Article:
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Tripple-Bottom-Line Analysis : Sit-Stand Desks vs Regular Desks Strickland, Brandon; Boutorabi, Neema; Wilk, Mike; Rodriguez, Mario; Detkov, Alexander Apr 7, 2016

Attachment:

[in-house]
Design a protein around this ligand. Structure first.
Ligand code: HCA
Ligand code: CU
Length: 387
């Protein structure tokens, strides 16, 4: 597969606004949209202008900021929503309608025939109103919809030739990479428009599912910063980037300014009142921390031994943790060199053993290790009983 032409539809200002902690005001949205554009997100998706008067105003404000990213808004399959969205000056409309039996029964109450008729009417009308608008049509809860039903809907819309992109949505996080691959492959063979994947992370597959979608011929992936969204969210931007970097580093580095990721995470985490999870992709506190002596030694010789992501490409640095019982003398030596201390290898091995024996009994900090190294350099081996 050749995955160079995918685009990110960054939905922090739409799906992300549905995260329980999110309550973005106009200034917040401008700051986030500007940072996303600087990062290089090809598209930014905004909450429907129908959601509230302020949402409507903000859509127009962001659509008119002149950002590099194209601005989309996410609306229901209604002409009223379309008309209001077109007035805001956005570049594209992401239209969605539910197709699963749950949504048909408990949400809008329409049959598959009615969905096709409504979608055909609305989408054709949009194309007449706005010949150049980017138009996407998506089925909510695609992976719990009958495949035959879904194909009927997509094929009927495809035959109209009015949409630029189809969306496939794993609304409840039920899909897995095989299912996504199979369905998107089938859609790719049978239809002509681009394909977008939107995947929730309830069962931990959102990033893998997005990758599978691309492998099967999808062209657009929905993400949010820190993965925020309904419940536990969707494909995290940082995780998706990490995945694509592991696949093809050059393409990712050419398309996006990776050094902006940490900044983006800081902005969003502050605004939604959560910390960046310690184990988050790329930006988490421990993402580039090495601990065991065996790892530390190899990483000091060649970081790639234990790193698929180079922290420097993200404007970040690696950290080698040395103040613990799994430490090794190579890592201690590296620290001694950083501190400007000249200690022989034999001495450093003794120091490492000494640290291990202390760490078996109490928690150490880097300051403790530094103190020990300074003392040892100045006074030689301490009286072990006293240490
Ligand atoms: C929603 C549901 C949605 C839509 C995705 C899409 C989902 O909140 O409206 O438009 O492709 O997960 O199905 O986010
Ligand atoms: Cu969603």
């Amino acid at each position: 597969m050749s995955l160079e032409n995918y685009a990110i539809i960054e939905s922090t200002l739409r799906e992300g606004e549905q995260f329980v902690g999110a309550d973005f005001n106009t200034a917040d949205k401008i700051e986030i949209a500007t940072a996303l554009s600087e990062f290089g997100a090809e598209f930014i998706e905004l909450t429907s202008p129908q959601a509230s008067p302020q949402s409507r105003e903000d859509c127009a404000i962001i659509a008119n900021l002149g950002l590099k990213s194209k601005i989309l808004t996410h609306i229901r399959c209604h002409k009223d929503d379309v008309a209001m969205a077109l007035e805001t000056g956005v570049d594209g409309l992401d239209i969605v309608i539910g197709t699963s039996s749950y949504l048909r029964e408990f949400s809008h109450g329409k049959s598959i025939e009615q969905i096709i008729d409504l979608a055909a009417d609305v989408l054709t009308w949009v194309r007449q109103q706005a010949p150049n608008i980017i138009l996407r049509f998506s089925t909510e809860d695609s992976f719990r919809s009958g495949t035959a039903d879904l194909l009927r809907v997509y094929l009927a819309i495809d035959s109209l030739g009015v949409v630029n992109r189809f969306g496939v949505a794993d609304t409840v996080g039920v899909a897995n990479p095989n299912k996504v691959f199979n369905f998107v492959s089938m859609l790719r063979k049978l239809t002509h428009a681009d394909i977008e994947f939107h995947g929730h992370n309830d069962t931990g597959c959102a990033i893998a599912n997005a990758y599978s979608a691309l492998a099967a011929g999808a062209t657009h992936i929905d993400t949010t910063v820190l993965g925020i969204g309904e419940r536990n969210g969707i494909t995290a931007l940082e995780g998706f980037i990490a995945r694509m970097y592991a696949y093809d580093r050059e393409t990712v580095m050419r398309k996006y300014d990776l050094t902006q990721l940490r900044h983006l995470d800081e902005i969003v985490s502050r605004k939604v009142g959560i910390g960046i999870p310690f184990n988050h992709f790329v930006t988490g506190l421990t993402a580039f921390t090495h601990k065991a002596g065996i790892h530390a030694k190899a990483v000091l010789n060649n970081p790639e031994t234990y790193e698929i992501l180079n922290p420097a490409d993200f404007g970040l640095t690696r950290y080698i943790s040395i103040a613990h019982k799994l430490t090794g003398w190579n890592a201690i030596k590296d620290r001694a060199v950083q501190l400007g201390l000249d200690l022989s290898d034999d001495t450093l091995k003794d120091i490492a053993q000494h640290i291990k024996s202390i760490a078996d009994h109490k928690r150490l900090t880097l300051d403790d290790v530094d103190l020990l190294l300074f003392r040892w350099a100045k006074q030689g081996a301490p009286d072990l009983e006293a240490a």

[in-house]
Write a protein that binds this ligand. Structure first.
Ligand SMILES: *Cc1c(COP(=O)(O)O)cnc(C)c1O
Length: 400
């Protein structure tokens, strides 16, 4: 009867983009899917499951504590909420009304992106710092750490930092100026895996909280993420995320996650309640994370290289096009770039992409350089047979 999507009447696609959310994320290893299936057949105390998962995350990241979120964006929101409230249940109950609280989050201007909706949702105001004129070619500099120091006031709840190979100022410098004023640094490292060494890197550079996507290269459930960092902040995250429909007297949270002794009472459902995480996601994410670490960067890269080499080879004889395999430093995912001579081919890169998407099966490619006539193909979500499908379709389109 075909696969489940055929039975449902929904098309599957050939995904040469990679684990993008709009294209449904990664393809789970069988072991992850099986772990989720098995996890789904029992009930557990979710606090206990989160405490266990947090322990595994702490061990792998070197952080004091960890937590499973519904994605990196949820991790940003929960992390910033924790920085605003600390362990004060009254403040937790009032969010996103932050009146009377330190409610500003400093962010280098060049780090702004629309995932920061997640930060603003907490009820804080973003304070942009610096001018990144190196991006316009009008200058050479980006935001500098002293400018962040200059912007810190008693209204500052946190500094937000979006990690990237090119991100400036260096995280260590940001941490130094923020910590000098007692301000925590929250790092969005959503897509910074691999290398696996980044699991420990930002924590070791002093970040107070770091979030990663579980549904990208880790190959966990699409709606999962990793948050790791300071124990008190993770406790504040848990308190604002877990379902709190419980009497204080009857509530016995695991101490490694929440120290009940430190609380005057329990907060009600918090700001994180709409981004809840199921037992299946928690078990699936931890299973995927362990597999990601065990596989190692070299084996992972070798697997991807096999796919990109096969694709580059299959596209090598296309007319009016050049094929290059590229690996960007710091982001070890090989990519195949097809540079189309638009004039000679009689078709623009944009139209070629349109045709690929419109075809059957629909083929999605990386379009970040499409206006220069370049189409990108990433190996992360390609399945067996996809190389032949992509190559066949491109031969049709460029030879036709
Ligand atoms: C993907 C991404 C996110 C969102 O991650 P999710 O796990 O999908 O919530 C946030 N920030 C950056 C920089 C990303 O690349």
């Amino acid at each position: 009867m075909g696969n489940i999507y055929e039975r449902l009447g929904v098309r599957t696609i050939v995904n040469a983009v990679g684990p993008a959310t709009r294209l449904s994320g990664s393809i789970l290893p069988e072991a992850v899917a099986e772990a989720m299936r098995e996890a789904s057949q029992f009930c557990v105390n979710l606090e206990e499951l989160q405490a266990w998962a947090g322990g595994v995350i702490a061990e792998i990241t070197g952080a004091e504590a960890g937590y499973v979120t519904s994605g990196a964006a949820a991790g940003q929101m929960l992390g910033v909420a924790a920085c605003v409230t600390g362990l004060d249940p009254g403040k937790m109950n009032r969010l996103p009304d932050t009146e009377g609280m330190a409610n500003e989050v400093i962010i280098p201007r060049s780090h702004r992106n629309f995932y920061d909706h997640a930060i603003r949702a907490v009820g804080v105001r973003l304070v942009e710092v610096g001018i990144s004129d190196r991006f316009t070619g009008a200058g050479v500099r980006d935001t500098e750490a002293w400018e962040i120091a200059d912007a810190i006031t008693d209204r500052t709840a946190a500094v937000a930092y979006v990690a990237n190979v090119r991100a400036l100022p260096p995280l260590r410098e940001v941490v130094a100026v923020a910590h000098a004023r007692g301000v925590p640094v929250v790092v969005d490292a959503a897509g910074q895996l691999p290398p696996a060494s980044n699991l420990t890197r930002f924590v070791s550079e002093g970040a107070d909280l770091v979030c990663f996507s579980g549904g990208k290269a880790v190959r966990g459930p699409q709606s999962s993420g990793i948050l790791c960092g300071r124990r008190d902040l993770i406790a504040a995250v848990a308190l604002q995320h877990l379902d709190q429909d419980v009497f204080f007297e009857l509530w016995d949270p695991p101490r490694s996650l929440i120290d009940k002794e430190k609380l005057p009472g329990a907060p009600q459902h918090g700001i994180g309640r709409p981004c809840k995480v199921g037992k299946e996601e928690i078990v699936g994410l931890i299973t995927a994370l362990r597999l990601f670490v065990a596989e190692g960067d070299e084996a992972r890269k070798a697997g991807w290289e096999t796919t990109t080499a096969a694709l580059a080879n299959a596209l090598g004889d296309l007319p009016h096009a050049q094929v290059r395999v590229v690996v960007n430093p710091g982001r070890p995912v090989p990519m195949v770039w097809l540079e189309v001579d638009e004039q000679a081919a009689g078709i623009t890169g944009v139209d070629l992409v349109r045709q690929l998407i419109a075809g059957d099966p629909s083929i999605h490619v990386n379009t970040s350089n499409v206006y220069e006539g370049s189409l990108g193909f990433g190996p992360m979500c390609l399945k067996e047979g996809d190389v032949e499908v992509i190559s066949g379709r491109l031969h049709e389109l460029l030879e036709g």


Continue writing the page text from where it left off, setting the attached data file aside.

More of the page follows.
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 UBC Social Ecological Economic Development Studies (SEEDS) Student ReportAlexander Detkov, Brandon Strickland, Mario Rodriguez, Mike Wilk, Neema BoutorabiTripple-Bottom-Line Analysis: Sit-Stand Desks vs Regular DesksAPSC 262April 07, 201614402135University of British Columbia Disclaimer: “UBC SEEDS Program provides students with the opportunity to share the findings of their studies, as well as their opinions, conclusions and recommendations with the UBC community. The reader should bear in mind that this is a student project/report and is not an official document of UBC. Furthermore readers should bear in mind that these reports may not reflect the current status of activities at UBC. We urge you to contact the research persons mentioned in a report or a SEEDS team representative about the current status of the subject matter of a project/report”.ABSTRACT   1             1- Source: http://www.kareproducts.com/sit-stand-desk-electric-30d-36l-legs-p-1803.html  TRIPLE-BOTTOM-LINE ANALYSIS:        SIT-STAND DESKS VS REGULAR DESKS       COURSE: APSC 262  INSTRUCTOR: DR. PAUL WINKLEMAN  GROUP MEMBERS:   BRANDON STRICKLAND, NEEMA BOUTORABI,  MIKE WILK, MARIO RODRIGUEZ, ALEXANDER DETKOV   DATE OF SUBMISSION:  04-07-2016          ABSTRACT   2   This project was originally assigned as part of UBC’s SEEDS sustainability program, an initiative whose vision is to help form collaborations between students and faculty on innovative projects that align with UBC’s values. The implementation of sit-stand desks throughout the University of British Columbia campus has been an area of interest for its faculties and governing bodies. Although a small number of desks have been installed in various faculties (Abigail Overduin, personal communication, March 29, 2016), no stead-fast plan has been developed for a full-scale campus wide implementation. Others research tends to focus primarily on the health benefits of the sit-stand desk and falls short of a complete analysis, specifically using the triple-bottom-line (TBL) approach. This report provides a solution that encompasses a wide variety of factors from economic, social and environmental or TBL. Using this approach we were able to develop a balanced sit-stand desk execution plan without bias towards one of the latter three factors.TABLE OF CONTENTS  3  TITLE PAGE.....................................................................................................................................1 ABSTRACT.......................................................................................................................................2 LIST OF ILLUSTRATIONS ...........................................................................................................4 GLOSSARY........................................................................................................................................5 LIST OF ABBREVIATIONS...........................................................................................................6  REPORT BODY................................................................................................................................7 1.0       INTRODUCTION...................................................................................................7 2.0       ECONOMIC ANALYSIS AND FEASIBILITY......................................................9  2.1 POTENTIAL SUPPLIERS.............................................................................11  2.2 SUGGESTIONS AND COMMENTS.............................................................11 3.0       EFFECTS OF SIT STAND DESKS ON OFFICE WORKERS............................13 3.1 HEALTH EFFECTS (CHRONIC BACK PAIN/NECK PAIN)....................13 3.2 WORKPLACE PRODUCTIVITY..................................................................15 3.3 RECOMMENDATIONS AND COMMENTS................................................16 4.0       ENVIRONMENTAL IMPACT................................................................................18  4.1 MANUFACTURING........................................................................................18  4.2 END OF LIFE...................................................................................................19   4.2.1 MATERIAL IN REGULAR OFFICE DESKS................................19   4.2.2 POWER TRAIN AND MOTOR.....................................................20 4.3 CONCLUSION..................................................................................................20 5.0  CONCLUSIONS AND RECOMMENDATIONS...................................................21 REFERENCES...................................................................................................................................20 LIST OF ILLUSTRATIONS 4    Figure 1.    Graphic illustrating the effects of SSDs on heart rate, calorie expenditure……..14         and blood glucose levels   Figure 2.   Percentage of time spent sitting for workers who used SSDs vs workers ……....16         who didn’t           Figure 3.    Survey on overall well-being for workers who used SSDs and…………..................16          workers who didn’t                 GLOSSARY  5  Sit-Stand Desk A height adjustable desk that allows the user to rotate between sitting and standing Triple-Bottom-Line A three part accounting framework composed of environmental, social and economic impact. Used to evaluate performance Green Guard Certified Indicates that the production of an indoor product adhered to strict chemical emission limits  Intervention In this case refers to a wide scale introduction of sit-stand desks into an office workspace or environment Sedentary Spending a large portion of one’s time sitting down or inactive. MSR Accelerometers A device used to detect acceleration and general motion Perfluorocarbons Compounds that contain only Carbon and Fluorine. Are strong greenhouse gases             LIST OF ABBREVIATIONS  6         SSD Sit-Stand Desk LBP Lower Back Pain TBL Triple-Bottom-Line NUBC Non-UBC stake holders UBCP UBC Purchasing UBCT UBC Technicians UBCD UBC Desk Users 1.0 INTRODUCTION  7   1.0 INTRODUCTION  Is your office chair slowly killing you? Although you should not expect your chair to suddenly develop a sense of being and come after you like something comparable to a D-list movie, there is a partial truth to that statement. Recent studies have shown that prolonged sitting can have a detrimental effect on one’s health and can even lead to premature death ("AMA to offices…," 2013).  With the vast majority of faculty and staff using desks in their daily routine, it is to no surprise the SEEDS program and the Human Resources Department at UBC are curious about an alternative to this early death-sentence. One possible solution that researchers have been looking into for this health risk is sit-stand desks. This report will explore the implications and supposed benefits of installing sit-stand desks from the Triple-Bottom-Line view point. Firstly, the report will explore the validity of sit-stand desks in terms of economics. This will include, but is not limited to: where to purchase the desks, the cost to dispose of the old desk and the price of installation. Furthermore, the health, comfort and productivity sections will primarily focus on the social impacts that the desks will have on all those affected by the implementation and use of sit-stand desks. Taking advantage of the vast amount of research done on sit-stand desks in the last few years, this report will examine and provide a comprehensive analysis of the relevant data. Lastly, the environmental impacts of a mass installation of sit stand-desks will be analyzed. With every new desk there will be one desk that needs to be re-furbished or thrown out. Various options that could result in a decrease to the environmental impact due to the installations of sit-stand will also be discussed.  1.0 INTRODUCTION  8    In conclusion, using the TBL, this report hopes to be a guide for UBC if or when it decides to implement a full-scale sit-stand desk replacement. With the knowledge gained from this report, the economic, social and environmental impacts have the potential to be mostly positive, resulting in a smoother transition towards a campus wide sit-stand desk replacement program.  2.0 ECONOMIC ANALYSIS AND FEASIBILITY 9  2.0 ECONOMIC ANALYSIS AND FEASIBILITY  For the “cost and economic impact” portion of this report, the economic impact of a full disposal of old desks and purchase of new desks will be broken down into Non-UBC Stakeholders (NUBC), UBC purchasing (UBCP), UBC technicians (UBCT) and UBC desk users (UBCD). This is a simplified list for purposes of this report. Through email correspondence it is easy to tell that NUS companies are salivating at the chance to refurnish the entirety of UBC. Although the SSDs would probably not be made in Canada (as costs associated are much more than made out of country) a mass purchase would give NUBC British Columbians involved in the list of aspects below work for potentially several weeks to several months, depending on the amount purchased, but this would consequently also cost UBCP a large amount of money. The main aspects being referred to are; 1. Purchase of new desks or adjusting brackets - UBCP 2. Delivery of new desks – UBCP, NUBC, UBCT a. The stakeholder involved would be dependent who would be transporting the deliverables. 3. Installation of new desks or adjusting brackets to old desks – NUBC, UBCT a. The stakeholder involved would be dependent on who would be chosen to do the installations. 4. Physical destruction or removal of old desks – NUBC, UBCT a. The stakeholder involved would be dependent on who would be chosen to tear down or remove the old desks. 5. Recycling, reusing or discarding old desks – NUBC, UBCP a. Recycling2.0 ECONOMIC ANALYSIS AND FEASIBILITY 10  b.  i. Includes finding a recycling plant, sorting the different components of the desks into recyclables and non-recyclables ii.  b. Reusing       i. Deciding where to put the old desks or who to give them to. c. Discarding i. If recycling or reusing is deemed to have to many associated costs then instead send them to the landfill.  One way that UBC could save is by sourcing everything to one company and getting an all in one deal with staff that know what they are doing when it comes to shipping, installation and disposal instead of having to reference several different companies for all different aspects. If all services were to be outsourced individually then the price would increase. It is difficult to say by how much without more information about the old desk as the material, weight and dimensions of the old desks all affect aspect 2-4 (2 if the adjusting bracket only is purchased), as will be seen in the emails with Alex Later. Some of this could also be done in house by the UBC Technical department, but this would take up valuable time and they would also have a longer learning curve for installation in the beginning of the endeavour since they are not fully trained in the installation of the desks as will be the employees of the company purchased from.     2.0 ECONOMIC ANALYSIS AND FEASIBILITY 11   2.1 POTENTIAL SUPPLIERS The Source I had several email conversations with Alex Later from Source Office Furniture and Systems ltd. This will be sent electronically with an electronic copy of the report. The source claims to be GreenGuard Certified. Refer to this website for more details to see if this meets UBC standards of sustainability. http://greenguard.org/en/certificationprograms.aspx Canadian Brands It seems from internet searches that all Canadian made products are custom and not made for mass scale. This would increase the price by a large margin. I tried contacting several companies for prices but there were no responses.  Online purchasing Although some of the cheapest options for desks can be found online it would need to be determined whether or not these companies deliver and install. If not, the associated costs of delivery and installation must be determined and added into the final cost. Questions • Ask for an hourly rate for install and disposal. • Can I buy the base and connect it to existing desks?  2.2 SUGGESTIONS AND COMMENTS My Suggestions • If a company does not provide delivery, install (and optional disposal) then they should not be considered. Due to:2.0 ECONOMIC ANALYSIS AND FEASIBILITY 12   o Longer learning curve for install compared to trained professionals. o Logistics if delivery were not provided would be intolerable. o Disposal would also be more difficult.  • You need to determine all of the different kinds of desks that you will be getting rid of to give the companies more of a grasp of what they will need to dispose of and/or modify. They need to know: o Materials o Dimensions o Weight o All of this can probably be determined from the make and brand of the desk  • One suggestion would be to provide electronic SSDs (automatic) for people with physical disabilities and a crank style SSD for able bodied individuals. This way the more expensive option of electric style SSD would only be provided to a select few who are unable to use the conventional crank style mechanism.   Comments The actual pricing and cost for this project has too many variables to consider and there may be more than that presented here. It is for this reason that an actual cost could not be delivered but instead a summary of separate aspects could be for the accounting department to further investigate. One of the variables that would be difficult to determine are what kind of desks are already in use at UBC. Each building assuredly has their own kind of desk and it would take many hours to determine if they are made from recyclable or reusable material and if it is possible to attach a lifting bracket to them.3.0 EFFECTS OF SIT STAND DESKS ON OFFICE WORKERS 13   3.0 EFFECTS OF SIT STAND DESKS ON OFFICE WORKERS In this section of the report we will discuss the various effects that introducing SSDs into office workspaces may have with regards to the Faculty and staff that would actually be using them. The information here is compiled from various studies that focus on the benefits utilizing SSDs may have for workers. We will outline the benefits that SSDs have provided to consumers in the past, then comment on why these benefits make implementing a Sit-Stand desk intervention at UBC a wise option.  3.1 HEALTH EFFECTS Various health experts are claiming that sitting for extended periods of time during the day may have detrimental effects on one’s health. Given that a large portion of today’s workforce possess sedentary jobs, it seems only natural that we should seek out alternatives to conventional desks so as to mitigate some of these harmful effects. Many studies have been successful in demonstrating that sit stand desks may help alleviate chronic back pain, reduce the risk of diabetes, and help workers burn more calories throughout the day. According to research conducted by Buckley et al. at the University of Chester, the cardiovascular and metabolic benefits of SSDs span over a range of heart beat rates, calories burnt per minute, and glucose concentration in the blood of subjects. Buckley et al. concluded that standing up while working increases the heartbeat of patients by 10 beats per minute compared to sitting down. An additional 0.7 kilocalories are burned standing up compared to sitting down per minute. Moreover, the concentration of glucose in the blood of patients took a lot longer to decrease when sitting down; an average of 106 minutes from peak to trough. While standing up, patients averaged 60 minutes to dilute the glucose concentration from peak to trough. An illustration of these numerical 3.0 EFFECTS OF SIT STAND DESKS ON OFFICE WORKERS 14  comparisons is shown in Figure 1. While it is difficult to assess how much these health improvements vary among subjects, it is generally accepted that the alternation between sitting and standing does indeed hold—to some degree specific to every individual—a beneficial influence on the state of wellbeing of subjects.                     Figure 1 One of the main reasons why SSDs are generally studied is their link to ameliorating LBP (Lower Back Pain). Ognibene et al. conducted a 12-week long study on 46 different university subjects as compared to a control group—in this context, a group without access to SSDs. After 15 days of starting the study, the “intervention group”, which is to say, the 46 subjects, were given SSDs and were told to alternate between sitting and standing as best suited their LBP. The control group remained at work sedentarily. After 3.0 EFFECTS OF SIT STAND DESKS ON OFFICE WORKERS  15   30 days (15 days after having tried SSDs) participants who were given access to SSDs reported a significant reduction in current (P = 0.02) and worst (P = 0.04) LBP over time. Research is still to be made on larger sample test groups to more accurately represent the true diagnosis of LBP improvements caused by SSDs. Nonetheless the notion that LBP can be countered by the use of SSDs within the workspace is consistent with the latest physiological research and knowledge, and so is therefore strongly suspected of being the direct source of the effects discussed in this research.  3.2 WORKPLACE PRODUCTIVITY  A common issue with sitting for long periods of time is that one often starts to feel heavy and lethargic which can lower one’s overall productivity. Here we will examine how, with the use of SSDs, workers are able to remain alert for a greater portion of the work day. Of course, productivity and overall well-being are intimately related subjects, and so many of these studies that suggest SSDs may help keep workers energized and motivated also suggest that removing sources of worker discomfort (by introducing SSDs) may help improve productivity as well. One study conducted on 28 sedentary office workers by Dutta et al. examined the relation between changes in sedentary time during work and the overall sense of wellbeing reported by subjects. Subjects were treated with “MSR accelerometers” to track the amount of time they spent sitting and standing during work hours, as well as the amount of time walking (and the walking speed) on extracurricular hours. While no extracurricular increase in physical activity was noted, the patients reported feeling more relaxed, calm, energetic, and less fatigued/sluggish. These secondary effects are arguably very influential on a subject’s overall mood. Dutta et al. referenced physiological studies that indicate that standing, compared to sitting, recruits more muscle fibers and 3.0 EFFECTS OF SIT STAND DESKS ON OFFICE WORKERS  16   stimulates blood flow, which may help with alertness and maintaining energy levels and focus on certain work tasks and office interactions. An illustration of these effects is shown in Figures 2 and 3. This study does not conclusively establish whether the constant stimulation of blood flow can be effective in countering diseases such as arthritis or diabetes, although some studies are said to be in progress to clarify how truly effective this can be for patients who have disabilities or are overweight.        Figure 2                  Figure 3 3.3 RECOMMENDATIONS AND COMMENTS •    The research above is randomized and large enough to sustain confidence in predicting a similar nature of impact (of SSDs) within UBC •     Access to SSDs should be prioritized to individuals with physical disadvantages or health problems which can be improved by the effects of SSDs described previously.3.0 EFFECTS OF SIT STAND DESKS ON OFFICE WORKERS  17       •   An application process consisting of chronological and physical priority      should be in place to address each Faculty member/ Staff •    A doctor’s note should not be a requirement to purchase a SSD while in-line •    Staff should have public access to proper instruction on how to operate a given SSD properly4.0 ENVIRONMENTAL IMPACT  18 4.0 ENVIRONMENTAL IMPACT  Material wise, the two desk types are quite similar. Both use some type of processed wood for the main structure along with metal components for various parts of the desk like sliding or rolling drawer mechanisms and joints. The difference between the desks’ materials comes from the extra function of the sit-stand desk, the adjustable height. Because it needs to be adjustable and preferably not manually, there’s a need for a motor and mechanism to translate the motor motion into the horizontal motion of the desk top. The extra parts are mainly made of metal, steel or aluminum for extra structural support and power train mechanism and steel, copper and plastic for the motor and wiring. The environmental analysis will be split up in two main sections. The first section will focus on environmental impact due to the manufacturing of the desks’ materials. The second section will go over the end life of the two desk types.  4.1 MANUFACTURING Starting with the most common material in a desk, wood in itself represents a significant carbon stock that is stored for different periods of time depending on the product. Although, depending on material the values change significantly, in most cases using wood actually provides a carbon credit due to the fact that the amount of carbon stored is higher than the amount of carbon released during manufacturing (Bergman, 2012). A lot of the wood products used for manufacturing in BC are grown locally and hence little emission is associated with the transportation of the wood. Because the two desk types have similar amounts of wood, it is safe to say that the environmental impact would also be similar assuming approximately the same amount of material used for the production of the desks. Steel is used for various slider or roller drawers, joints, and often legs of the table. Although, the steel production industry has made significant reductions in greenhouse gas emissions (WorldSteel, 2015) there is still a significant carbon footprint due to the use of 4.0 ENVIRONMENTAL IMPACT  19 this material. The amount of carbon emission varies greatly depending on the source of power used. Therefore further research into the steel manufacturers is needed once an array of desks is selected. Aluminum is quite similar to steel based on the functions it is being used for and that its extraction and refinement produces large amounts of emissions. In 1995, it was estimated that the production of aluminum contributed to about 35 million tons of carbon equivalent in the form of perfluorocarbons, PFCs. This contributed to about 60% of PFCs emissions worldwide (Harnisch, 1999).  The environmental impact of using these materials could be minimized if using recycled material. Some desk manufacturers provide information on where their material comes from, but in general this information needs to be researched for each manufacturer. 4.2 END OF LIFE 4.2.1 MATERIAL IN REGULAR OFFICE DESKS There are few options when it comes to getting rid of old furniture in Lower Mainland. First is reusing the old furniture by selling it or donating it. There are a few resources readily available for both of these options. One of such resources is Vancouver Reuses. This service allows businesses and individuals alike to create listings for the items they would like to donate.  In case, with UBC the number of desks needing to be exchange could be very high, therefore, finding people to take 100+ desks could be challenging. Second option is recycling the desks. Similarly to Vancouver Reuses, there are businesses in lower mainland that pick up the furniture to be recycled and reuse as much as they can to build new furniture or use the material for other purposes. An example of such a service is Furniture Pickup. The company charges a nominal fee on item pickup depending on the number and size of items. Third, the least desirable option is sending the desks to the landfill. There are different services for this as well, ranging from the City of Vancouver 4.0 ENVIRONMENTAL IMPACT  20 Landfill to private junk removal companies like Just Junk. Both charge nominal fees based on material, size, and weight of the item to be thrown away. 4.2.2 POWER TRAIN AND MOTOR Disposal cost for the power train and motor part of the sit-stand desk, based on BC Recycling Hotline (604-recycle) resources, is estimated to be neutral. The aluminum can be sold to Davis Trading (604-255-3111) at ¢5/lb., steels can be recycled by them for free. Depending on the power options, battery compared to power outlet, there might be a need for extra recycling.  In such a case, various types of batteries, including lithium batteries, can be recycled at Free Geek for free. The motor can be recycled by Davis Trading; however, more information from motor manufacturer is required to determine its material in order to recycle it; assuming the amount of valuable material will be over $5 it could be recycled for free at Davis Trading. 4.3 CONCLUSION From an environmental standpoint, since more material is needed to produce a sit-stand desk, there is, in general, a greater larger environmental impact. Most of the pollution is due to raw-material extraction and refinement needed to make the power-train and motor. End-life analysis for both desks yields similar results because most of the extra material in the sit-stand desk is recyclable. The wood is the more non-recyclable material within the desk. Metals like copper, steel and aluminum are reasonably easy to recycle for free. The results presented here are for average desks and could vary based on the specific units and the amount and type of material used.     5.0 CONCLUSIONS AND RECOMMENDATIONS  21 5.0 CONCLUSIONS AND RECOMMENDATIONS Our research looked at three different models of implementation of sit-stand desks at UBC. Through our investigation on the sit-stand desk implementation the result was that led us to the conclusion of phasing in the sit-stand desks with prioritization for those who have medical needs. Firstly, the sit-stand desk replacement project will need a team of UBC staff that will oversee it. It is suggested that this team be made from existing faculty member and the work load incorporated into their current duties. Some faculty members of interest would be from the SEEDS program, HR and operational staff. The “phasing-in” portion plan will be done per faculty and will require the support of the faculty members and staff. We do not foresee much objection from faculty to the implementation, but further research will have to be done as our research was only partially complete by the report deadline. The desk selection process will be done on a per faculty basis. The appropriate faculty members will be shown a list of desks (chosen by the sit-stand desk team) and their corresponding prices. Once the faculty agrees on an option depending on their preference and budget the first phase will commence. The first phase or first faculty building will set the precedence for further implementation of the program. Once the first building is refitted with sit-stand desk an assessment preferably from a member of the SEEDS program (graduate student or professor) using the TBL approach. This assessment can be used to show the benefits of the program and to gain support and funding of the program. Within the “phasing-in” approach comes the side issue of who gets their desk first within the faculty. We came to the conclusion that the best and most fair option would be to allow faculty and staff with immediate medical needs to receive their desks first. Faculty and staff will have to submit a specialist recommendation to receive medical 5.0 CONCLUSIONS AND RECOMMENDATIONS  22 priority. This initially seems problematic, but our research shows that the speed at which the desk are installed will minimizes and discrepancies caused by preferential treatment.   REFERENCES   23    AMA to offices: Don't make workers sit all day! (2013, June 18). Retrieved April 5,        2016, from http://www.latimes.com/science/sciencenow/la-sci-sn-ama-policy-sitting-20130619-story.html Later, Alex (28 March 2016). Email * S. (2016). Retrieved March 28, 2016, from http://www.source.ca/tables/corner-electric-height-adjustable-tables S. (2016). Retrieved March 28, 2016, from http://www.source.ca/tables/electric-height-adjustable-tables S. (2016). Retrieved March 28, 2016, from http://www.source.ca/tables/crank-height-adjustable-tables S. (2016). Retrieved March 30, 2016, from http://greenguard.org/en/certificationprograms.aspx  S. (2016). Retrieved March 12, 2016, from http://www.staples.com/Luxor-Crank-Adjustable-Standup-Desk-STANDUP-CF60-DW/product_2071113 * S. (2016). Retrieved March 12, 2016, from http://www.staples.com/Jesper-Office-76532-ESP-65-MDF-Sit-Stand-Desk-Espresso/product_1463943?externalize=certona S. (2016). Retrieved March 12, 2016, from http://www.staples.com/Electric-Height-Adjustable-Eficiente-LT-Black-Base-with-Thermally-Fused-Cherry-Worksurface-Rectangle-30-inch-x-48-inch/product_1456394 * S. (2016). Retrieved March 1, 2016, from http://www.ikea.com/ca/en/catalog/products/S19022530/  S. (2016). Retrieved March 31, 2016, from http://www.artopex.com/en/collections/tables/collection/take-adjustable-table Steel's contribution to a low carbon future and climate resilitent societies. (2015). Retrieved April 07, 2016, from http://www.worldsteel.org/publications/position-papers/Steel-s-contribution-to-a-low-carbon-future.html Bergman, R., Puettmann, M., & Taylor, A. (2012). Carbon Iimpacts of Wood Products. Retrieved April 5, 2016, from http://www.wwpinstitute.org/documents/CIWPpub.pdf Harnisch, J., Wing, I. S., Jacoby, H. D., & Prinn, R. G. (1999). Primary Aluminum Production: Climate Policy, Emissions and Costs. Retrieved April 5, 2016, from http://globalchange.mit.edu/files/document/MITJPSPGC_Rpt44.pdf